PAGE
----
By Owen Charters, President & CEO, BGC Canada
April 11, 2023
My colleagues have heard me say more than once that “if you’ve seen one Club, you’ve seen one Club.” It’s a truism about the unique collection of programs, services, and facilities at each BGC Club.
The realities and implications of this statement create really interesting challenges and offer us unique benefits, especially in terms of operational strategy and marketing.
Our Clubs are different. Some have pools, some don’t. Some have climbing walls, some don’t. Clubs that see brand images that include kids swimming are concerned it misrepresents them. Clubs with diverse populations want to see that reflected in our public material. Clubs in communities with little diversity feel these images don’t represent their Clubs at all.
We serve all kids—especially those that need us most. What does that mean? It means we serve kids experiencing the effects of poverty, but also middle class and upper-class kids. It means we serve kids in all communities, of all races. We see the effects of marginalization, but we believe in integration.
And BGC Clubs are for many ages. Our major cohort is ‘school-aged,’ meaning roughly 6 to 18. But we have lots of Clubs that offer childcare or pre-natal coaching for soon-to-be parents. We have parenting programs. We have young adults into their early twenties who use Club services. Recreational facilities, camps, homeless youth shelters. Alternative schools. Drug rehab. Counselling. Food banks. Breakfast programs.
This is wonderful—a testament to the fact that BGC Clubs tailor their services to meet the needs of their individual communities. But there are challenges. A key dictate of strategy is ‘focus’ but it’s hard to provide focus to a federation that does everything. A primary tenet of branding is ‘simplify,’ but as soon as we do, we are often too reductive, and don’t represent the full gamut of what our Clubs do.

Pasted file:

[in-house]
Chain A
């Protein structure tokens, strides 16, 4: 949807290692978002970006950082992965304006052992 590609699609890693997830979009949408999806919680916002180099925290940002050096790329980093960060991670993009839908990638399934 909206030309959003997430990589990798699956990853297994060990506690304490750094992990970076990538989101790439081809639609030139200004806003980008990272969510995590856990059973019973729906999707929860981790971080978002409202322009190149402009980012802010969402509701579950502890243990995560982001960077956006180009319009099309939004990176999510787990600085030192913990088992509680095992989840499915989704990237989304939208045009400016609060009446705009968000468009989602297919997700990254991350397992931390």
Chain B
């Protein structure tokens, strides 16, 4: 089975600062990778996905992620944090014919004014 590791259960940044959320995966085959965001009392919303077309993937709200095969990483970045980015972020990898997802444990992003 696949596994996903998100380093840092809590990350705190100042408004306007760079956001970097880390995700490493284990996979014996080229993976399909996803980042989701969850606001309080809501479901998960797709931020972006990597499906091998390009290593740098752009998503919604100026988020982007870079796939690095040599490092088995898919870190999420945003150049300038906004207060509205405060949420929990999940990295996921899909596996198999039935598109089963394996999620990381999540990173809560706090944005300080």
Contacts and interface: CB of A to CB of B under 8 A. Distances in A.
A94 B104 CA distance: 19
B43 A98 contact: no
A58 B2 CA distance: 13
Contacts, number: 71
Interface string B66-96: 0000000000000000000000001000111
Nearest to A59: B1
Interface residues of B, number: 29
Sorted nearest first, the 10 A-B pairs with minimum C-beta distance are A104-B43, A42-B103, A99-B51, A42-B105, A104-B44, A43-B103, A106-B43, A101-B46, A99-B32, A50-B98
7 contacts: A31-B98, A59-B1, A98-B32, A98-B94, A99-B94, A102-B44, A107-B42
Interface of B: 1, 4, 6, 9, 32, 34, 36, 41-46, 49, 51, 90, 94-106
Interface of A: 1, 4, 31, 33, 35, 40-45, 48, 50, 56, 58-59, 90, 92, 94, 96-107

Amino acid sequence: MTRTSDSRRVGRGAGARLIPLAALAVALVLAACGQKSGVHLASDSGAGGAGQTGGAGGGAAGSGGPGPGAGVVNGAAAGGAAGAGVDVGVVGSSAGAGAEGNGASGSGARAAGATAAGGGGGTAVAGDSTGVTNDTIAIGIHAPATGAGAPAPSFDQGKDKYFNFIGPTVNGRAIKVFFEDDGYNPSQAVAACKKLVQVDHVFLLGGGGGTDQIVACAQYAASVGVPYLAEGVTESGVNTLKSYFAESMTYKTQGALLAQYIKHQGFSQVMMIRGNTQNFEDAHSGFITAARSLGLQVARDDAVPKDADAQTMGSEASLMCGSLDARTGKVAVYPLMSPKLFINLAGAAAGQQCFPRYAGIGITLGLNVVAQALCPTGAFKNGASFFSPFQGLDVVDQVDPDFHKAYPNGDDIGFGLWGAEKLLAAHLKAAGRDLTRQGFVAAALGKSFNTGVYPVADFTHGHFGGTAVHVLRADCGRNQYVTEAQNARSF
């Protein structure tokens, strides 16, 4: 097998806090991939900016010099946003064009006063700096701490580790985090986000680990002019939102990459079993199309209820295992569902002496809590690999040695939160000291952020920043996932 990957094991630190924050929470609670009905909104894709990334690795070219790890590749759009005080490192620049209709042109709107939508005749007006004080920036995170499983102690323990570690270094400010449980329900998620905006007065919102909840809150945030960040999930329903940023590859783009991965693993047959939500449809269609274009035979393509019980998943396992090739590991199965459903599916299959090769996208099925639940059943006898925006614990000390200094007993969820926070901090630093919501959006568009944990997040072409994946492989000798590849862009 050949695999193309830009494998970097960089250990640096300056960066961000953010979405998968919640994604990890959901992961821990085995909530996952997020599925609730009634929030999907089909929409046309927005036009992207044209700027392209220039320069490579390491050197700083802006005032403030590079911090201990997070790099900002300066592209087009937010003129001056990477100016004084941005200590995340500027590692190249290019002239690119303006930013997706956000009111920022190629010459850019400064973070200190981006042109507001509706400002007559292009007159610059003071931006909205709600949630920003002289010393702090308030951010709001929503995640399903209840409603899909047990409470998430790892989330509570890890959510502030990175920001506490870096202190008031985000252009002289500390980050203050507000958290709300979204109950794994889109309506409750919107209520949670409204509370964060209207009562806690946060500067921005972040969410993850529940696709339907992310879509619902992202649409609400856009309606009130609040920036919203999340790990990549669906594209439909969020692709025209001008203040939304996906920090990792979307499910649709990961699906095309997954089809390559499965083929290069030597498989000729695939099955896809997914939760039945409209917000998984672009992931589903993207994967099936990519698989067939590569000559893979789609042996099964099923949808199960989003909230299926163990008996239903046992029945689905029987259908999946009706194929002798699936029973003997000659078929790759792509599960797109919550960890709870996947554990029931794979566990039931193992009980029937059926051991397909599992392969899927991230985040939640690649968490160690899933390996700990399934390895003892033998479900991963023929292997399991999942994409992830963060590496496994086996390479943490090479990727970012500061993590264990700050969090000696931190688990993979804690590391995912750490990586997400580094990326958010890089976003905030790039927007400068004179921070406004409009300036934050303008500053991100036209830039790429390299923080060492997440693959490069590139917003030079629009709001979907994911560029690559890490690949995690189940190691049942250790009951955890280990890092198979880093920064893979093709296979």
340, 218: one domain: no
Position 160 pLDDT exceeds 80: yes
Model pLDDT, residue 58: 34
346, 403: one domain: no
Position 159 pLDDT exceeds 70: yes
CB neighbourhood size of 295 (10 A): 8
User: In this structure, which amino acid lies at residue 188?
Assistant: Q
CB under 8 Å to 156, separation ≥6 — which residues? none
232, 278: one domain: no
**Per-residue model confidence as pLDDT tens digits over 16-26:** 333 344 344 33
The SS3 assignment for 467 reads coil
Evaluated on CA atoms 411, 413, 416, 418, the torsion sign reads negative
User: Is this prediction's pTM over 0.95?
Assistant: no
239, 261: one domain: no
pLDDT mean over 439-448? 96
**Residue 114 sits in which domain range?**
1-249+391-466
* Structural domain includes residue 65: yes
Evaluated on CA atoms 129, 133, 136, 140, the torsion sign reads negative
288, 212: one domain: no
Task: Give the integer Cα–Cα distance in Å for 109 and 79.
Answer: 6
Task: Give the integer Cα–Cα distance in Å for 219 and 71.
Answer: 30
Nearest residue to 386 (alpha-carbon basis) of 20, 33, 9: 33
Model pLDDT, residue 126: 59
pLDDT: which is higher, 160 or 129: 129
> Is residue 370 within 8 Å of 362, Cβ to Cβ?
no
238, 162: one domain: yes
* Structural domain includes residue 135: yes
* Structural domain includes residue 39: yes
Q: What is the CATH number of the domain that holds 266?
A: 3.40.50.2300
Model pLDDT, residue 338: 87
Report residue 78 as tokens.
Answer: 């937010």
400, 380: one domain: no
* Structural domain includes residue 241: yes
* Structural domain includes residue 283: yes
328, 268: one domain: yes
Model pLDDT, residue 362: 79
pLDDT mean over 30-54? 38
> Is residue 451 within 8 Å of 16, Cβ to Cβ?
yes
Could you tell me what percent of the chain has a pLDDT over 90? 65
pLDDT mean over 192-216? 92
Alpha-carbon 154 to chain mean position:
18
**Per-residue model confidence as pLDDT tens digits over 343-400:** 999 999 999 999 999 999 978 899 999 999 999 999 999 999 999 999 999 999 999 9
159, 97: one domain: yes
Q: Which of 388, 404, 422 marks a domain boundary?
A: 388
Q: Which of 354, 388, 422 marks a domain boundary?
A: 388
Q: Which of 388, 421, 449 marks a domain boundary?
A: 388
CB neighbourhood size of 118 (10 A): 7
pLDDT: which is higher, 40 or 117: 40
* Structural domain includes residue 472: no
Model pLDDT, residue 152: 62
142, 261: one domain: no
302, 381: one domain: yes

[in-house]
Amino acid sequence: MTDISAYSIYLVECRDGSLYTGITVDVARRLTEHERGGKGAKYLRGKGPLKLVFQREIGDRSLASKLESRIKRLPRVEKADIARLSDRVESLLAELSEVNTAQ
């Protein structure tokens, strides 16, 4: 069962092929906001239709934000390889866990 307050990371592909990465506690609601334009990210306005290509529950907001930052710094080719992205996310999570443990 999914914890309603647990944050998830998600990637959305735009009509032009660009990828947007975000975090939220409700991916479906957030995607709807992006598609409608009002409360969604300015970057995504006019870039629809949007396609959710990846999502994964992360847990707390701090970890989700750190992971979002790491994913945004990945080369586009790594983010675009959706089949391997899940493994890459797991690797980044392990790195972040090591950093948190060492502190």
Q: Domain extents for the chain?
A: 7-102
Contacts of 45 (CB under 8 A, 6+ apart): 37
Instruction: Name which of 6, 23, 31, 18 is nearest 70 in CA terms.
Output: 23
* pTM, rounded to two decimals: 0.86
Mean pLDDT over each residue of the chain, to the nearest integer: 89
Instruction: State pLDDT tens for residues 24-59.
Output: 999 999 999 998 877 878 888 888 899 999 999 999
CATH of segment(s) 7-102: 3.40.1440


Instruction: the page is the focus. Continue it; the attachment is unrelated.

Our common thread is the outcomes we pursue—greater opportunities for youth, resilient adults, etc. This is a useful perspective, but it has its drawbacks. People want to know our story quickly, simply. Explaining outcomes can be tedious—and it’s not what we ‘do’ on a daily basis.
At a cocktail party, imagine the answer to what you do: “I provide amazing outcomes for young people.” It’s a creative answer, and it will likely pique the curiosity of the asker. They still want to know what you do all day, each day. We need both answers: outcomes and process.
On the other hand, it’s also the joy of our work—we embrace the chaos, so to speak. And in the end, we help create empowered, strong, resilient youth who are on a better path to adulthood than they might’ve been had our Clubs not been there for them.